The activities may have included drawing and tossing a ball, but the fun and games were just a small part of the annual Forsyth County Schools Leadership Retreat.
The two-day event, held at the Lanier Technical College Forsyth Conference Center, welcomed administrators and central office staff to collaborate and plan for the 2013-14 school year.
Superintendent Buster Evans said the gathering “was the best we have had in many years.”
“We provided opportunities for the school leaders to get to know each other, as well as shared important information with them concerning [the College and Career Ready Performance Index] and our new continuous improvement process.”
Officials have said the state's new performance index, known as the CCRPI, will allow the system to better analyze and compare data based on more than just test results.
The new index scoring considers many factors, including test results, progress, attendance rates, closing the achievement gap, percentage of students with disabilities participating in general education classes and career readiness.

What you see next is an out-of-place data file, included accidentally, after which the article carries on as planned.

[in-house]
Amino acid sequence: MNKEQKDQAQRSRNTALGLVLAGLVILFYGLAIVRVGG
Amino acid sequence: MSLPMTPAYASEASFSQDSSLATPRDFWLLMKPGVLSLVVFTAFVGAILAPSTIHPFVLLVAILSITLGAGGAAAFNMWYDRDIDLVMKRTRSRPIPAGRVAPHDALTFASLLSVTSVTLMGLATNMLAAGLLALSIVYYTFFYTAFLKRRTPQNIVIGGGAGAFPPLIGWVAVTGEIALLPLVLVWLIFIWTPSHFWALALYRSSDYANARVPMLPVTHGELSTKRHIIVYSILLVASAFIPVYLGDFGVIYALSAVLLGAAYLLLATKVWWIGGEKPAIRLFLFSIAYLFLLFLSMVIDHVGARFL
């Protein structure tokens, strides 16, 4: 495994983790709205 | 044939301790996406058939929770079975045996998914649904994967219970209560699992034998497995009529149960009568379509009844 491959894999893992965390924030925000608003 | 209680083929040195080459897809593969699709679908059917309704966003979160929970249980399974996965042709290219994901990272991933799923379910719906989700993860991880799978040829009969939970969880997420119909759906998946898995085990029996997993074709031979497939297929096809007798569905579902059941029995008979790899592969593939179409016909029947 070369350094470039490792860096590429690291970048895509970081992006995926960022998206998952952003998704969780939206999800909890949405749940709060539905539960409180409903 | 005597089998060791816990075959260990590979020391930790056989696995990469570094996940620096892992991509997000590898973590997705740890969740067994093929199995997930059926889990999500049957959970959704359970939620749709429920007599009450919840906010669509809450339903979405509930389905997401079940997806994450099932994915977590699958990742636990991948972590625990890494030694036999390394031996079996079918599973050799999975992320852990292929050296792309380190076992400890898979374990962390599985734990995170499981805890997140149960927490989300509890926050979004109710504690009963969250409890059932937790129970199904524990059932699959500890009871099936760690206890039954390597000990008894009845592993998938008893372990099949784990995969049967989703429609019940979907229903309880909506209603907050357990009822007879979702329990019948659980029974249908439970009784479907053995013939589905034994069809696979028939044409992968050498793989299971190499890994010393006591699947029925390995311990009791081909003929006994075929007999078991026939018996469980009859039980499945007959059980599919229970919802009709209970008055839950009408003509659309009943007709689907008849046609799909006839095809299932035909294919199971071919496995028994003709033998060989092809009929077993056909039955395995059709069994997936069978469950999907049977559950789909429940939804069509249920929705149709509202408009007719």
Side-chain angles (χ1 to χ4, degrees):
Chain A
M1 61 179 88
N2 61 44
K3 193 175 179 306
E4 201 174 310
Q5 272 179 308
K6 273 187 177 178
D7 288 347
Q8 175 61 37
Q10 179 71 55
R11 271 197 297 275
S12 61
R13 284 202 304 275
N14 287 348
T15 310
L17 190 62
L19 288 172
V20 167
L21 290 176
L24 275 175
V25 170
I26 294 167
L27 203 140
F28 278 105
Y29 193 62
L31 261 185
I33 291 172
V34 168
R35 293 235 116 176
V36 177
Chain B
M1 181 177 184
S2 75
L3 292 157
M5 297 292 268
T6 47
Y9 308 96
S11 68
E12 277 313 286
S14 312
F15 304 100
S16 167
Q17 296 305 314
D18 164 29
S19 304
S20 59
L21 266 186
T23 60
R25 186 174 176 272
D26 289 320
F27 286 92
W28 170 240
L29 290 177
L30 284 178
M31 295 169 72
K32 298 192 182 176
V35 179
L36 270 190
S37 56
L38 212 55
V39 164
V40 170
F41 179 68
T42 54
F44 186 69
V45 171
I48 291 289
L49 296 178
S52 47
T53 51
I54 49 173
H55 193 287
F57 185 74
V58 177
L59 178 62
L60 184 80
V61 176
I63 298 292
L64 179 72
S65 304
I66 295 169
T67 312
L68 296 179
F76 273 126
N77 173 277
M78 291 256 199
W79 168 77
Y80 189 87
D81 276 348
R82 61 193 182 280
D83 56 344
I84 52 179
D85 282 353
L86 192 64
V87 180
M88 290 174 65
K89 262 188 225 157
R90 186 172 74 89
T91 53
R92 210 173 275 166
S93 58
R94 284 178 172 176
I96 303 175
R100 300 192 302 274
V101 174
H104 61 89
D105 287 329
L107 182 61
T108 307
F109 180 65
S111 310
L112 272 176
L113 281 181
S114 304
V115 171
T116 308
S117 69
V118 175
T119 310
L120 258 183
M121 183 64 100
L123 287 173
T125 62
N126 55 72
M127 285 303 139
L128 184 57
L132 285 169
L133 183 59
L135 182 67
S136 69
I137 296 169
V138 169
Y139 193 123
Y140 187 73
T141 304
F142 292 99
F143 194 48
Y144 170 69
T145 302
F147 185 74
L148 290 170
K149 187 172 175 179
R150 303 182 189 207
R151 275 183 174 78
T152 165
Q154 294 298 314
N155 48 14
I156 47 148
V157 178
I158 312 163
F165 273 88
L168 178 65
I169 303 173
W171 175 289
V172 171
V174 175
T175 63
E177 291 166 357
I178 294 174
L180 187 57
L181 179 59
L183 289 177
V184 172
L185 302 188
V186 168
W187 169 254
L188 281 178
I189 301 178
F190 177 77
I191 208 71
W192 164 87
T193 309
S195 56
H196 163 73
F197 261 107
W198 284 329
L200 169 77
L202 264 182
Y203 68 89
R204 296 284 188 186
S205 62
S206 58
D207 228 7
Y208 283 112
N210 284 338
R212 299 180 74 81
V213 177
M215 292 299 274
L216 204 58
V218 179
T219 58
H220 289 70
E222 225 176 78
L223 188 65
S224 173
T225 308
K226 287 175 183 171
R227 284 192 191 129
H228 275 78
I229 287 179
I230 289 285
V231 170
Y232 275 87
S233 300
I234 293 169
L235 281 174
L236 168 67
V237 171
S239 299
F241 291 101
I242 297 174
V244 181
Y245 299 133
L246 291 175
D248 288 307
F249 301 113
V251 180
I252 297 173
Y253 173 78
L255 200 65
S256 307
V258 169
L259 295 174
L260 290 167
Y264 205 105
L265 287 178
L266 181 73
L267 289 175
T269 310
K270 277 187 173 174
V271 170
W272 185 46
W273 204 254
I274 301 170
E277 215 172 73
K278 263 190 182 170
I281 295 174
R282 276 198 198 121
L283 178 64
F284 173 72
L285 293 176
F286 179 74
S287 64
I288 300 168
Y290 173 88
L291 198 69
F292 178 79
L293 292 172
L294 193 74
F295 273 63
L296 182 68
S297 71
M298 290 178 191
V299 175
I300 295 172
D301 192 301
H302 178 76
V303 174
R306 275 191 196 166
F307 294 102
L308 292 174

Held Monday and Tuesday, the retreat featured team-building activities both days, including those under the guidance of students in the Youth Leadership Forsyth program.
But the bulk of the retreat revolved around developing school improvement plans, discussion of the new Common Core standard method of accountability and planning information on technology, transportation and human resources.
Kim Fox, an assistant principal at Coal Mountain Elementary, said the collaboration benefits educators.
“We’re all about talking and sharing,” she said. “We’re just having a lot of good conversations and they’re also giving us some ideas to take back to our schools that we can use.”
Jennifer Caracciolo, school system spokeswoman, said the retreat is “the only time we have all the school administrators and central office administrators in one room.”
“It’s a good way for us to recap and talk about the success of our prior year and also to plan for the future,” she said.
Carl Jackson, an assistant principal at South Forsyth Middle, said it’s also a problem-solving experience that lets him gather ideas from other administrators or offer advice on successes at his school. It’s a chance to “be able to think without all the other day-to-day problems getting in the way.”
“It’s building relationships and really getting us a chance to talk shop a little bit with our peers,” he said.
Jackson added that he’s looking forward to using the new Common Core curriculum, which is “going to be huge as we get ready to have our students meet those new challenges.”